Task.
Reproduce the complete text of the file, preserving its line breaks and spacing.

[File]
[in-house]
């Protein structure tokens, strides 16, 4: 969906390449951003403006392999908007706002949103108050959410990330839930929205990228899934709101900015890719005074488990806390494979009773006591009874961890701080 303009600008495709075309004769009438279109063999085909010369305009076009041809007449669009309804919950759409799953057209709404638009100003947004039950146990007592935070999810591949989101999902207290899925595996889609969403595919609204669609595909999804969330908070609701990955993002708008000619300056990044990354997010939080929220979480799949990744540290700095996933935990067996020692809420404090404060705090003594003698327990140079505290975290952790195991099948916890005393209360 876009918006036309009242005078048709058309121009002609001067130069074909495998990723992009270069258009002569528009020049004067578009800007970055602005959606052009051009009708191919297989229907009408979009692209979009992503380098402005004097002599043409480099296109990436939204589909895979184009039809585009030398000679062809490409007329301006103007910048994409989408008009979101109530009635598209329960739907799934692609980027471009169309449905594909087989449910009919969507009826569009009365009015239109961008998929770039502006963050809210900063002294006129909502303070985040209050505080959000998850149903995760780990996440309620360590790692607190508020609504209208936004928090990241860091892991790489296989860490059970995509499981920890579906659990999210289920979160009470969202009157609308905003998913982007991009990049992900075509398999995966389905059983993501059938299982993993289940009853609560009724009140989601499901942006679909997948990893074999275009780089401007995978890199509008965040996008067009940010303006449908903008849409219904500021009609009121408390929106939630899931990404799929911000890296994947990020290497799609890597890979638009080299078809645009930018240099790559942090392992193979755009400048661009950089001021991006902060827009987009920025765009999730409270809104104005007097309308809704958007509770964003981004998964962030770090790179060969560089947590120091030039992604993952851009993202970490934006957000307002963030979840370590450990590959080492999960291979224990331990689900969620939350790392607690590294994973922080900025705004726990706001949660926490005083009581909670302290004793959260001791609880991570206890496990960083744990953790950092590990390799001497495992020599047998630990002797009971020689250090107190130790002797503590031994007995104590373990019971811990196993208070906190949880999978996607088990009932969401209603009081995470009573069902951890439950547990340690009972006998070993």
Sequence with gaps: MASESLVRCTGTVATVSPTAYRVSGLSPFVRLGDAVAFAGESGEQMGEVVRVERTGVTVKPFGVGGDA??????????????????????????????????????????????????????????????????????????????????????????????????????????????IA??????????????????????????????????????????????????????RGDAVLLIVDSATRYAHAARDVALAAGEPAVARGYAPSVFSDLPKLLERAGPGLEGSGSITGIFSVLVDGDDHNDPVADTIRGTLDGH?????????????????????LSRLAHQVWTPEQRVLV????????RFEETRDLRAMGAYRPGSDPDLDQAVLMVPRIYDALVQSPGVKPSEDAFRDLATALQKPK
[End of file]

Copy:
[in-house]
């Protein structure tokens, strides 16, 4: 969906390449951003403006392999908007706002949103108050959410990330839930929205990228899934709101900015890719005074488990806390494979009773006591009874961890701080 303009600008495709075309004769009438279109063999085909010369305009076009041809007449669009309804919950759409799953057209709404638009100003947004039950146990007592935070999810591949989101999902207290899925595996889609969403595919609204669609595909999804969330908070609701990955993002708008000619300056990044990354997010939080929220979480799949990744540290700095996933935990067996020692809420404090404060705090003594003698327990140079505290975290952790195991099948916890005393209360 876009918006036309009242005078048709058309121009002609001067130069074909495998990723992009270069258009002569528009020049004067578009800007970055602005959606052009051009009708191919297989229907009408979009692209979009992503380098402005004097002599043409480099296109990436939204589909895979184009039809585009030398000679062809490409007329301006103007910048994409989408008009979101109530009635598209329960739907799934692609980027471009169309449905594909087989449910009919969507009826569009009365009015239109961008998929770039502006963050809210900063002294006129909502303070985040209050505080959000998850149903995760780990996440309620360590790692607190508020609504209208936004928090990241860091892991790489296989860490059970995509499981920890579906659990999210289920979160009470969202009157609308905003998913982007991009990049992900075509398999995966389905059983993501059938299982993993289940009853609560009724009140989601499901942006679909997948990893074999275009780089401007995978890199509008965040996008067009940010303006449908903008849409219904500021009609009121408390929106939630899931990404799929911000890296994947990020290497799609890597890979638009080299078809645009930018240099790559942090392992193979755009400048661009950089001021991006902060827009987009920025765009999730409270809104104005007097309308809704958007509770964003981004998964962030770090790179060969560089947590120091030039992604993952851009993202970490934006957000307002963030979840370590450990590959080492999960291979224990331990689900969620939350790392607690590294994973922080900025705004726990706001949660926490005083009581909670302290004793959260001791609880991570206890496990960083744990953790950092590990390799001497495992020599047998630990002797009971020689250090107190130790002797503590031994007995104590373990019971811990196993208070906190949880999978996607088990009932969401209603009081995470009573069902951890439950547990340690009972006998070993």
Sequence with gaps: MASESLVRCTGTVATVSPTAYRVSGLSPFVRLGDAVAFAGESGEQMGEVVRVERTGVTVKPFGVGGDA??????????????????????????????????????????????????????????????????????????????????????????????????????????????IA??????????????????????????????????????????????????????RGDAVLLIVDSATRYAHAARDVALAAGEPAVARGYAPSVFSDLPKLLERAGPGLEGSGSITGIFSVLVDGDDHNDPVADTIRGTLDGH?????????????????????LSRLAHQVWTPEQRVLV????????RFEETRDLRAMGAYRPGSDPDLDQAVLMVPRIYDALVQSPGVKPSEDAFRDLATALQKPK